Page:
Three Dads, One Mom. You had the potential to be funny, but you busted it with crappy writing and insipid acting. In one fell stroke you dimmed the lights of your four leads and made us scratch our heads in befuddlement. Did Jae Hee always sound this awful? Strange how Shin Sung Rok’s good looks have all but disappeared here, eh? Jo Hyun Jae was never this spaced-out, was he? And surely Eugene’s acting had improved prior to this drama even if it didn’t seem evident here?
The last one in this sorry bundle, On Air, was also the one that I bailed out of at the shortest notice. I ran from it in voiceless horror, aghast at all the on-screen shouting and temper tantrums. Okay, so Lee Beom Soo is loud here, as he was in Surgeon Bong Dal Hee. But in that 2007 drama where he was such a dreamboat of a doc, he was mostly the only one shouting. In On Air, it’s like in every corner someone is yelling and acting all aggrieved. Such shrillness. Such angst. Thanks but no thanks.
On hindsight, I may have been too quick to judge On Air. A close friend loves the drama to pieces and I’m fascinated by how much she likes Park Yong Ha here (she couldn’t stand the sight of him in Winter Sonata, and who could blame her?). Supposedly his character is so very charismatic as a PD, and so caring towards his lady love… Oops, would that be Kim Ha Neul’s character or Song Yoon Ah’s? Couldn’t tell them apart honestly; both were two very pissed-off divas in the first episode and I was too busy plotting my escape.
Oh wait, there’s one more. It’s still airing so we can’t feed it to the flames, but I watched the first two episodes and really have no more use for it. Surely the most hyped drama of the year, our East of Eden. And supposedly the most star-studded (although the only one I like in that “dream” cast is Lee Mi Sook). Also the drama with the most convoluted plot (think five daytime soaps rolled into one). Who liked whom? Who violated whose modesty? (Oh, for Pete’s sake, stop skirting the issue. It’s rape, rape!) Who is friend and who is foe? If this one is your wife, who is that lady staring so forlornly at you? (Don’t ask me, I was so confused myself.) Unwrongful death. Babies switched at birth. A fire. Etc.
So much was going on in the first two episodes my head was spinning. Yet I also found unexpected mirth, and from the most unlikely source. Song Seung Heon made me howl in laughter when he appeared, so unnecessarily intense were his expressions, as if trying to out-glare all the naysayers who said he couldn’t act. Point taken, Mr. Handsome, but work on the nuances, will ya?
JUST YOUR AVERAGE FARE
When I was drawing up my list of dramas for this write-up, I was stunned by how many of them I had forgotten. Episodes faded away, some almost instantly, like streets you pass in a daze when driving in an unfamiliar city. Nothing stood out to remind you of the “scenery”; everything was ordinary and just so-so. Some of these dramas I discarded long ago. A couple I am still watching, either because I have to or because a particular actor has caught my eye.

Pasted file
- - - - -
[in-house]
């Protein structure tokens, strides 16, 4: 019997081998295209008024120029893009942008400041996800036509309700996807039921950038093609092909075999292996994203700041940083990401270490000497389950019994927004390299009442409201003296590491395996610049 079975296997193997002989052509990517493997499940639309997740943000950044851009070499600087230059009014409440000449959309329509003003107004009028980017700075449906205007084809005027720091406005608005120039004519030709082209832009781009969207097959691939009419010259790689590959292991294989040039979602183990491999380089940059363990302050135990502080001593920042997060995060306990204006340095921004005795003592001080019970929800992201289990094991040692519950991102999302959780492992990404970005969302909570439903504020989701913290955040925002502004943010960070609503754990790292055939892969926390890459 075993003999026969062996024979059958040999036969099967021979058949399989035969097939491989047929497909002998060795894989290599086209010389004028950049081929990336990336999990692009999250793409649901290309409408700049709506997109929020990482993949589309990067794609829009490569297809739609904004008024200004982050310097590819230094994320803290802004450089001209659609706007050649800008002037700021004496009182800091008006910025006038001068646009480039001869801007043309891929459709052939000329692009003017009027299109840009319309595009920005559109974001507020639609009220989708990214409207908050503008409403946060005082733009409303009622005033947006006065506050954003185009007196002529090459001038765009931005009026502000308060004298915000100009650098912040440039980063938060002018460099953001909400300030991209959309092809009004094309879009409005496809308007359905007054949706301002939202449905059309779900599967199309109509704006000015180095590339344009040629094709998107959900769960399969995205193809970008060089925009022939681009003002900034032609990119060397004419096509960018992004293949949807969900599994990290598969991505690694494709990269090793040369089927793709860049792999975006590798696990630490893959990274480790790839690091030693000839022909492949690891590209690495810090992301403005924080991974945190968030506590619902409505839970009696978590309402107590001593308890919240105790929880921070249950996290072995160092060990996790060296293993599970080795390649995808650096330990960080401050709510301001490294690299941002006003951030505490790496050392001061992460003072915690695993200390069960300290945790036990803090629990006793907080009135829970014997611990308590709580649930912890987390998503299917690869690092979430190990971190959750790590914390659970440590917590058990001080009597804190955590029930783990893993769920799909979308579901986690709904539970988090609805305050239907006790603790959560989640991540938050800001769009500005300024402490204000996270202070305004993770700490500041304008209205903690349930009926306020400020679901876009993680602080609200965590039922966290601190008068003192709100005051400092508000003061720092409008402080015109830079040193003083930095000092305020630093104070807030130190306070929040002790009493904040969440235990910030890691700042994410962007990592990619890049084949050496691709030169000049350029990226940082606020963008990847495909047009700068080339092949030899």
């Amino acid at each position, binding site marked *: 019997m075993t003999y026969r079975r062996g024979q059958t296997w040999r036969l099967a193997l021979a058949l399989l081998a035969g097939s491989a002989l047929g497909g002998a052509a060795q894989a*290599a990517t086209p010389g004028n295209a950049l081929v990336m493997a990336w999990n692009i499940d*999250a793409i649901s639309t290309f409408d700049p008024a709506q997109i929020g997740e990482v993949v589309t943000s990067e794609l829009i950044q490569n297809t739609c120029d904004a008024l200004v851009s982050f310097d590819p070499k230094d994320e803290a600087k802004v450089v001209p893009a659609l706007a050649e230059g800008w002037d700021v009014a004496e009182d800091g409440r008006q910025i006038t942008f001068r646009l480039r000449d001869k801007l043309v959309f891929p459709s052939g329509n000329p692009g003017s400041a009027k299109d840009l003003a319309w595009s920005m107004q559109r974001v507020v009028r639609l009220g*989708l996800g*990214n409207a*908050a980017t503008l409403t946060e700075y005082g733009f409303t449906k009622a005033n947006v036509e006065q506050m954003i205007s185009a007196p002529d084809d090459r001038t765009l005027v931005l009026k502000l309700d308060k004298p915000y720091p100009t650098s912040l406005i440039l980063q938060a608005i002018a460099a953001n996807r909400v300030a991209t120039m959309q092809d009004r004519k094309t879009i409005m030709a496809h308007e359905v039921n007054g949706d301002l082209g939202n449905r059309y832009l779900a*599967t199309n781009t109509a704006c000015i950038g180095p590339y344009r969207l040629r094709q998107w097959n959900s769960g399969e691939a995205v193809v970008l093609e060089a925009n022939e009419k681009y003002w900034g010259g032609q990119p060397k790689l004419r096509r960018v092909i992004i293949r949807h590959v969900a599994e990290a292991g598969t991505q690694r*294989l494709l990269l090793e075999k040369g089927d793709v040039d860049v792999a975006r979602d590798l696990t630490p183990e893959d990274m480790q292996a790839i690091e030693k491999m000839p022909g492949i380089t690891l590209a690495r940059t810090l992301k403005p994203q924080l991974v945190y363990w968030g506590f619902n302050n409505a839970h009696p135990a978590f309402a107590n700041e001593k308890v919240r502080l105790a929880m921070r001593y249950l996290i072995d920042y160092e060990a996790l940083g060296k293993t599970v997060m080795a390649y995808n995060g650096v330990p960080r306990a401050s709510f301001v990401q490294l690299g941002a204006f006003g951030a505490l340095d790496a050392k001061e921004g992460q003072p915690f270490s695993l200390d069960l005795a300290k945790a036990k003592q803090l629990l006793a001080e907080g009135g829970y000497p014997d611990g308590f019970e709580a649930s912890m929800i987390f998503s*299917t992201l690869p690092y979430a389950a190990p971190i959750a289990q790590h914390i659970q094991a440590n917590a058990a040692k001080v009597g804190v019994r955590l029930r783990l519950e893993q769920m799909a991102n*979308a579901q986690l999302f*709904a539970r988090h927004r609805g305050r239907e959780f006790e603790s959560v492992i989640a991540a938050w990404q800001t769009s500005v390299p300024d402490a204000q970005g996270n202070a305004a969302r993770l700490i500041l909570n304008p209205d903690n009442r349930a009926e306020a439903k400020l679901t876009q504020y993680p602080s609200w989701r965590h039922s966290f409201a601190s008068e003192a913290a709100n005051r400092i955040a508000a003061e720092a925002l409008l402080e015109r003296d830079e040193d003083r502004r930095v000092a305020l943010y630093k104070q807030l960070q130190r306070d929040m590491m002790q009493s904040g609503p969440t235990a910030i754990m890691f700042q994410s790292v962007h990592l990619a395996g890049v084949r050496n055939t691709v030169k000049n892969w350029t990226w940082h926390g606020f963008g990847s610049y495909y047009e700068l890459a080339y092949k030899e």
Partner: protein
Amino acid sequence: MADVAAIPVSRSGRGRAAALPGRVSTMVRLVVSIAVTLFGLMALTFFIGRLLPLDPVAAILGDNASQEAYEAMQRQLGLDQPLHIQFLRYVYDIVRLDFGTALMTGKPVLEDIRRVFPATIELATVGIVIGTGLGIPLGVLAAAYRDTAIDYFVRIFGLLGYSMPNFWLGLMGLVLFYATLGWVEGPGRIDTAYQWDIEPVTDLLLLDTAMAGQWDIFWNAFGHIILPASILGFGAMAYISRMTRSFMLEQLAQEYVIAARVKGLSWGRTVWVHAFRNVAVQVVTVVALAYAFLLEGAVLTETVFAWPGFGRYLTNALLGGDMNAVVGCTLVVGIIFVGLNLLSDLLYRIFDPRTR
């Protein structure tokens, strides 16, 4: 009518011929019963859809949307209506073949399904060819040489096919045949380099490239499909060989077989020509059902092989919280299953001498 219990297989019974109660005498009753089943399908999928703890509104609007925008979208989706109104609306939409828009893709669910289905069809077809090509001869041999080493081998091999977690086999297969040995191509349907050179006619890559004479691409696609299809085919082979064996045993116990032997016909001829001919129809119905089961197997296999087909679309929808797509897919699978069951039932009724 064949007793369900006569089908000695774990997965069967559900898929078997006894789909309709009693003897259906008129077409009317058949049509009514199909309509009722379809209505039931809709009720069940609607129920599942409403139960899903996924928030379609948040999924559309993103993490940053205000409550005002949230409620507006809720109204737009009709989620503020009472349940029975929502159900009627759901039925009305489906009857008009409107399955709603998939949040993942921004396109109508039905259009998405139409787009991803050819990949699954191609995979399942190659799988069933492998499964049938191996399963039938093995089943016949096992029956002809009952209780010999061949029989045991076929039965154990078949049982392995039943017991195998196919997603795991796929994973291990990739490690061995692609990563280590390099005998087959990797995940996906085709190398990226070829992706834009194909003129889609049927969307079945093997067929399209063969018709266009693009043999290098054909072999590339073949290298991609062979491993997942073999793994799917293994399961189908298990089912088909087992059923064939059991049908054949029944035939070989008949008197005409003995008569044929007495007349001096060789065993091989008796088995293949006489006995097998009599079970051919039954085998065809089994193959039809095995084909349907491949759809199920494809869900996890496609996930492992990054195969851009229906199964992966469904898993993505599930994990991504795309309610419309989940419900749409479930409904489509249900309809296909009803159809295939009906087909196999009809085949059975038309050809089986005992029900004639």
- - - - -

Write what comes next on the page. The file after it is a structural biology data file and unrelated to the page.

Happiness a.k.a. I Am Happy started out promisingly. How not to like a drama with that title? The main story (of a couple from two economically disparate families) was funny and engaging, the characters were fleshed-out sufficiently, and there was suspense (an old love, a bastard child, a scheming daughter-in-law, etc.) to keep one going in this 58-episode series. The drama exuded a palpable warmth and I was a happy viewer.
After sticking around for more than twenty episodes, why then did I decide to leave? Oh, for various reasons, one of which may seem flimsy to you. Spousal abuse is a huge no-no, and it is worse when a dictionary (I love my dictionaries) is used as the weapon of assault. When the dictionary flew out of her hand and hit its target hard, the one who recoiled in pain was me. Ouch! Okay, so the leads weren’t out to maim each other, but their squabbles and childish antics were fast getting old and unfunny. A supporting character (that conniving daughter-in-law, who else?) usurped the main plot and kept hoodwinking everyone with her ploys. Nothing looked like it was going to get resolved soon. The thought of plodding through 34 more episodes of wearying sameness instantly aged me and I left.
I Love You was actually decent. Ahn Jae Wook was adorable as a marriage-averse comic artist who got Seo Ji Hye’s character pregnant after a one-night stand. Their situation was mirrored in a second couple (Hwan Hee’s character impregnated a girl who had the same name as Seo Ji Hye’s character, how coincidental), albeit with more sobering undertones. I really enjoyed the first couple; they had wonderful chemistry and were delightful together. Acting was solid (the two mothers were a riot; to this day I remember their first meeting) and the story oozed oodles of charm. Although the atmosphere was generally lighthearted, it was balanced by moments of poignancy. Marriage is not to be undertaken frivolously, of course, even if hurried into it by circumstances such as an unplanned pregnancy, and I felt for the two couples caught in that situation.